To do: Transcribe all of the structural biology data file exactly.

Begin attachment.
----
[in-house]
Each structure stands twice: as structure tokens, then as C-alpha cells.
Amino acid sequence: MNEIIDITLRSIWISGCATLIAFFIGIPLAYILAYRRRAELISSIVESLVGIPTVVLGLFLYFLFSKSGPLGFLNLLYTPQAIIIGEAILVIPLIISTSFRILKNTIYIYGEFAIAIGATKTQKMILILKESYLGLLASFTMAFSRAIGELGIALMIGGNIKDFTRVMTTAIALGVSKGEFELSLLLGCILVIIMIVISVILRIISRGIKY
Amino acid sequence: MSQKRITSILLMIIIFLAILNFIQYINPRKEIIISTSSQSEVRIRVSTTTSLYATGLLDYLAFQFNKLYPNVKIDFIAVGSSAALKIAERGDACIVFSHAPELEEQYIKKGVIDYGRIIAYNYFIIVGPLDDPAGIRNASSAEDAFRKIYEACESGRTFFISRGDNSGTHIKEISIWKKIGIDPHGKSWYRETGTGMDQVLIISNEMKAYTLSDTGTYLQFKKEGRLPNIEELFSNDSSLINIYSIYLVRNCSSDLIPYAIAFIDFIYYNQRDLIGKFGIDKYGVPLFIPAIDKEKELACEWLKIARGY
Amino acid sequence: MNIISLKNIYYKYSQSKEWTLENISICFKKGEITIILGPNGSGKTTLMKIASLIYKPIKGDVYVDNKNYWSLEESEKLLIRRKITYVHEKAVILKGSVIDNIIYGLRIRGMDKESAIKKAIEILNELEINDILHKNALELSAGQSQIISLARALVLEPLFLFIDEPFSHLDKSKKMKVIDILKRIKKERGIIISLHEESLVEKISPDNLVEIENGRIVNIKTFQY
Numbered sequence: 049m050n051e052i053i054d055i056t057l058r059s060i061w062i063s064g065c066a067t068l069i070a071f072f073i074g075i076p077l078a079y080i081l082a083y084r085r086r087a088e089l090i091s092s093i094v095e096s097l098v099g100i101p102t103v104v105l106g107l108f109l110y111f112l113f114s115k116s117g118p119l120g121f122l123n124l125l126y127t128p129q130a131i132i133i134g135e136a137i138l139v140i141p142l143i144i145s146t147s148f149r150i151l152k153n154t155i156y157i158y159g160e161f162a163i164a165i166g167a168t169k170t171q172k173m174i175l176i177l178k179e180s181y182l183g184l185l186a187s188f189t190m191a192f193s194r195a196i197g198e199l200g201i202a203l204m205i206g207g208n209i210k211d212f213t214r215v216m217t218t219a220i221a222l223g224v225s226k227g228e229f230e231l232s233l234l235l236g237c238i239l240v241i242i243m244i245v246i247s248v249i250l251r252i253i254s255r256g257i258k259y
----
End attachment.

[in-house]
Each structure stands twice: as structure tokens, then as C-alpha cells.
Amino acid sequence: MNEIIDITLRSIWISGCATLIAFFIGIPLAYILAYRRRAELISSIVESLVGIPTVVLGLFLYFLFSKSGPLGFLNLLYTPQAIIIGEAILVIPLIISTSFRILKNTIYIYGEFAIAIGATKTQKMILILKESYLGLLASFTMAFSRAIGELGIALMIGGNIKDFTRVMTTAIALGVSKGEFELSLLLGCILVIIMIVISVILRIISRGIKY
Amino acid sequence: MSQKRITSILLMIIIFLAILNFIQYINPRKEIIISTSSQSEVRIRVSTTTSLYATGLLDYLAFQFNKLYPNVKIDFIAVGSSAALKIAERGDACIVFSHAPELEEQYIKKGVIDYGRIIAYNYFIIVGPLDDPAGIRNASSAEDAFRKIYEACESGRTFFISRGDNSGTHIKEISIWKKIGIDPHGKSWYRETGTGMDQVLIISNEMKAYTLSDTGTYLQFKKEGRLPNIEELFSNDSSLINIYSIYLVRNCSSDLIPYAIAFIDFIYYNQRDLIGKFGIDKYGVPLFIPAIDKEKELACEWLKIARGY
Amino acid sequence: MNIISLKNIYYKYSQSKEWTLENISICFKKGEITIILGPNGSGKTTLMKIASLIYKPIKGDVYVDNKNYWSLEESEKLLIRRKITYVHEKAVILKGSVIDNIIYGLRIRGMDKESAIKKAIEILNELEINDILHKNALELSAGQSQIISLARALVLEPLFLFIDEPFSHLDKSKKMKVIDILKRIKKERGIIISLHEESLVEKISPDNLVEIENGRIVNIKTFQY
Numbered sequence: 049m050n051e052i053i054d055i056t057l058r059s060i061w062i063s064g065c066a067t068l069i070a071f072f073i074g075i076p077l078a079y080i081l082a083y084r085r086r087a088e089l090i091s092s093i094v095e096s097l098v099g100i101p102t103v104v105l106g107l108f109l110y111f112l113f114s115k116s117g118p119l120g121f122l123n124l125l126y127t128p129q130a131i132i133i134g135e136a137i138l139v140i141p142l143i144i145s146t147s148f149r150i151l152k153n154t155i156y157i158y159g160e161f162a163i164a165i166g167a168t169k170t171q172k173m174i175l176i177l178k179e180s181y182l183g184l185l186a187s188f189t190m191a192f193s194r195a196i197g198e199l200g201i202a203l204m205i206g207g208n209i210k211d212f213t214r215v216m217t218t219a220i221a222l223g224v225s226k227g228e229f230e231l232s233l234l235l236g237c238i239l240v241i242i243m244i245v246i247s248v249i250l251r252i253i254s255r256g257i258k259y